One article of impeachment expected to be sent Wednesday to the Senate along with the names of House Democratic impeachment managers alleges Trump abused his power in leaning on Ukraine for political favors, including dirt on his possible November election rival Biden. The second charges that the President obstructed Congress by withholding key witnesses and testimony to cover up his wrongdoing.

McConnell is the shrewdest Senate tactician of his generation. But even he might struggle to swiftly acquit Trump, convince Americans the trial is not purely for show and at the same time protect vulnerable swing state members from political damage.

Democrats to go on offense

Democrats, who have been on the defensive for months in the House of Representatives on process, now get to go on the attack. That's why they've spent days skewering McConnell on demands to subpoena witnesses in the trial -- such as former national security adviser John Bolton and acting White House chief of staff Mick Mulvaney, who Trump blocked from testifying in the House investigation.

Such a strategy allows Democrats to paint McConnell as cooking the process to cover up for a corrupt President -- an argument they hope will take hold in the country and make up for the fact that everybody acknowledges there is no chance that Trump will be convicted.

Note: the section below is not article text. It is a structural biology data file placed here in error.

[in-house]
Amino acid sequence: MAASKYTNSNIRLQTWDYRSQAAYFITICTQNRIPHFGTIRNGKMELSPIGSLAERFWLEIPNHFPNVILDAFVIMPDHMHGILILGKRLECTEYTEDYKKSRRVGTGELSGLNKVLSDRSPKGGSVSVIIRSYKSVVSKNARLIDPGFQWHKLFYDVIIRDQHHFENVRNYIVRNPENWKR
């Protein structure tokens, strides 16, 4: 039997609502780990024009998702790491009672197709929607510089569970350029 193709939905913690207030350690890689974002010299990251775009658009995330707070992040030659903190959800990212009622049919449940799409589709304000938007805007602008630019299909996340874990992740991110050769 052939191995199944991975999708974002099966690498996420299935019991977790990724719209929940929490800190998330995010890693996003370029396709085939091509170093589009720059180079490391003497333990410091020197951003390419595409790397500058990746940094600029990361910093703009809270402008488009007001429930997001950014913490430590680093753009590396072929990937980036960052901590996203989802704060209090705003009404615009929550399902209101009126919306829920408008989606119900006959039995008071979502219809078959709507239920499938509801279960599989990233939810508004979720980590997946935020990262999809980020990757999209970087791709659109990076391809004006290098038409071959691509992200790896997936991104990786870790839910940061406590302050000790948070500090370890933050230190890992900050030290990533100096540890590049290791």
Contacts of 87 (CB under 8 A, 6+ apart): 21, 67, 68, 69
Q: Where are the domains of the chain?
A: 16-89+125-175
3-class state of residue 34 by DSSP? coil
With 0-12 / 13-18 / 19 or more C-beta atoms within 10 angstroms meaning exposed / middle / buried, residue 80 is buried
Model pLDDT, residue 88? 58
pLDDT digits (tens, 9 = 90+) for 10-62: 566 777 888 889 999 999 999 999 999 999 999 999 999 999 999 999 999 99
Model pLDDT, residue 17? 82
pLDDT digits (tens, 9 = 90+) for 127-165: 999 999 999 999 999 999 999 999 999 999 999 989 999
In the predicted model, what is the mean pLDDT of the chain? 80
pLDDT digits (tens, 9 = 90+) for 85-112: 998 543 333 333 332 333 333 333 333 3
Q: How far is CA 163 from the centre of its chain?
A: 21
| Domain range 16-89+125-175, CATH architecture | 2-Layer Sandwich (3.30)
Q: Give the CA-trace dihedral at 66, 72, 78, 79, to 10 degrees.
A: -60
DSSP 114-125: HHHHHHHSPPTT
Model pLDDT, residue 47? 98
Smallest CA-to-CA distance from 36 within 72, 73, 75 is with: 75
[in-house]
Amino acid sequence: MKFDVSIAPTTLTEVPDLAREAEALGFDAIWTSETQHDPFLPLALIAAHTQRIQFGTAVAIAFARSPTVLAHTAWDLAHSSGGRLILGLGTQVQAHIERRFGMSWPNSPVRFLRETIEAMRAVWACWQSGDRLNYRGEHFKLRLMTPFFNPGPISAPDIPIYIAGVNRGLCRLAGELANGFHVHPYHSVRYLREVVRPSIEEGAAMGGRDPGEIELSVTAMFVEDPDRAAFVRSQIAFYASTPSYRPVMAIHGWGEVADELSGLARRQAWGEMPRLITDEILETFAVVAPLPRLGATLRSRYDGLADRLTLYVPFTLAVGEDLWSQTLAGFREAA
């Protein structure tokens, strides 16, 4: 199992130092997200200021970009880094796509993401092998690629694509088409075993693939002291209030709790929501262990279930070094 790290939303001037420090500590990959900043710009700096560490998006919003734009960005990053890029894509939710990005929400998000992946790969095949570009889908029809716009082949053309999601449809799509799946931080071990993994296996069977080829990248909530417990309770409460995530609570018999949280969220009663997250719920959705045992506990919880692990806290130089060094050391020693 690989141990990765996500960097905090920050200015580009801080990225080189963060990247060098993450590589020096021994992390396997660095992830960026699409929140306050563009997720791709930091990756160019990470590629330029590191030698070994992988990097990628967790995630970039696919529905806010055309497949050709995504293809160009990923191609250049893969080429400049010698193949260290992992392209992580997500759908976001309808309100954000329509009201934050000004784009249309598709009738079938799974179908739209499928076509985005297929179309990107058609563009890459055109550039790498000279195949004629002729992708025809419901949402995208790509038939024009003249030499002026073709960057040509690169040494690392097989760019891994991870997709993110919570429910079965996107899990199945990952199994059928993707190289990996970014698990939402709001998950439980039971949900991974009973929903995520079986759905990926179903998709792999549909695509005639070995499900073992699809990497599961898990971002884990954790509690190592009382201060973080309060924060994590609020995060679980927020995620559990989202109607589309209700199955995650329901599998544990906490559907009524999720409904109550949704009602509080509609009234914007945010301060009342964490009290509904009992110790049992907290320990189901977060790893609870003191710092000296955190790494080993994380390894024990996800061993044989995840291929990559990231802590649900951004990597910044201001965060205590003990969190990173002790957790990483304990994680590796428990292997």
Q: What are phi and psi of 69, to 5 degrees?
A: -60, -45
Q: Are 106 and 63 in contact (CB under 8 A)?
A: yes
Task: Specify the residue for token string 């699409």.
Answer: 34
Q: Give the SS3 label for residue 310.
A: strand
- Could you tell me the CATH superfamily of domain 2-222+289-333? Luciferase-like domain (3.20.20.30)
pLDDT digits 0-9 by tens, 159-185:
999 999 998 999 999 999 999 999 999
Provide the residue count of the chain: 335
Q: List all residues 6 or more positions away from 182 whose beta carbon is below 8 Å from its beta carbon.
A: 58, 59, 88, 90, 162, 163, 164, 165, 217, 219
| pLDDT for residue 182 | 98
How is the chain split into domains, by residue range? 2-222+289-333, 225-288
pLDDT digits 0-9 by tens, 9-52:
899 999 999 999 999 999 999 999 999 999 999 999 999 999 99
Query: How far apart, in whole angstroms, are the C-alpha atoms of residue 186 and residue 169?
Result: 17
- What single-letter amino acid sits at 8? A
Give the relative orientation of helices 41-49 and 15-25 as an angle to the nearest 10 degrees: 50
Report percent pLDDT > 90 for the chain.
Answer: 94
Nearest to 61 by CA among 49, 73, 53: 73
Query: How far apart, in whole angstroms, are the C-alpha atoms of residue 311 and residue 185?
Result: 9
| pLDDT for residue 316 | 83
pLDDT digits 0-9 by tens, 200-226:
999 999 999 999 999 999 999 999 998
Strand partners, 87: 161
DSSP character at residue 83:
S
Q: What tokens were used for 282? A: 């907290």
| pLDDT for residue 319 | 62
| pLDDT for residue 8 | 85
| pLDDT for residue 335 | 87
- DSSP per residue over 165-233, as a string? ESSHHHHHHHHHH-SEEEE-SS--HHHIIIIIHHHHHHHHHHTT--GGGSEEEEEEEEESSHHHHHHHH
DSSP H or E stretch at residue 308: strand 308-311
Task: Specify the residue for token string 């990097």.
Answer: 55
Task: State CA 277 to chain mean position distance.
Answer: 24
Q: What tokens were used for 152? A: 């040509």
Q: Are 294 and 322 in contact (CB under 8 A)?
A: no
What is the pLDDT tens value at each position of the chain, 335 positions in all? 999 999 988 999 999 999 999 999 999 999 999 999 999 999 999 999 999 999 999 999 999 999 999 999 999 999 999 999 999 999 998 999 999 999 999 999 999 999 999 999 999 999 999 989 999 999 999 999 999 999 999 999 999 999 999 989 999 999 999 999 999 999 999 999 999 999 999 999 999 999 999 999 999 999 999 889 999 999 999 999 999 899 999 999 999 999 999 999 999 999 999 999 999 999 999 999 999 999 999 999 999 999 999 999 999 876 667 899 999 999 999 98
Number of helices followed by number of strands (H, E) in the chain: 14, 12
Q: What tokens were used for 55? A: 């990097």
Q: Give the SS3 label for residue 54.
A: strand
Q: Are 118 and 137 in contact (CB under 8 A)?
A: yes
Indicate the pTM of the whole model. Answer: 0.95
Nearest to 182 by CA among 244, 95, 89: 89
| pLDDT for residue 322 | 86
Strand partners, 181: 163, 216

"How do you run a trial with no witnesses and documents, no evidence?" Senate Minority Leader Chuck Schumer asked Tuesday on "The View" on ABC.

The question of witnesses points to one of the uncertainties of the trial, which McConnell said will begin for real next Tuesday after ceremonial aspects of the historic proceedings are wrapped up this week.

The Senate majority leader, though enjoying the support of his party to begin the proceedings without a deal on its structure with Democrats, cannot be sure he will be able to keep control throughout the trial.

He can lose no more than three senators on any vote on procedure or on whether to call witnesses. Several Republicans have expressed misgivings about the process and a desire to hear from key witnesses, including Sens. Mitt Romney of Utah and Lisa Murkowski of Alaska. Sen. Susan Collins of Maine, who is up for reelection in a purple state, has also raised questions.

"If people decide they want to call witnesses, it probably could go on for a while. But that seems like a fairly tight deadline considering what we are facing," said Sen. John Thune of South Dakota on Wednesday. "But who knows ... it will depend on what 51 senators want to do at any given point in time."

Will there be witnesses?

Should Democrats succeed in forcing Republicans to subpoena important witnesses and evidence, GOP senators could respond in kind and request testimony from others likely to damage Democratic political goals -- for instance, Biden's son Hunter. That would risk turning the trial into the kind of circus that McConnell seems determined to avoid. There is no evidence of wrongdoing by the former vice president or his son, who was on the board of the Ukrainian energy giant Burisma.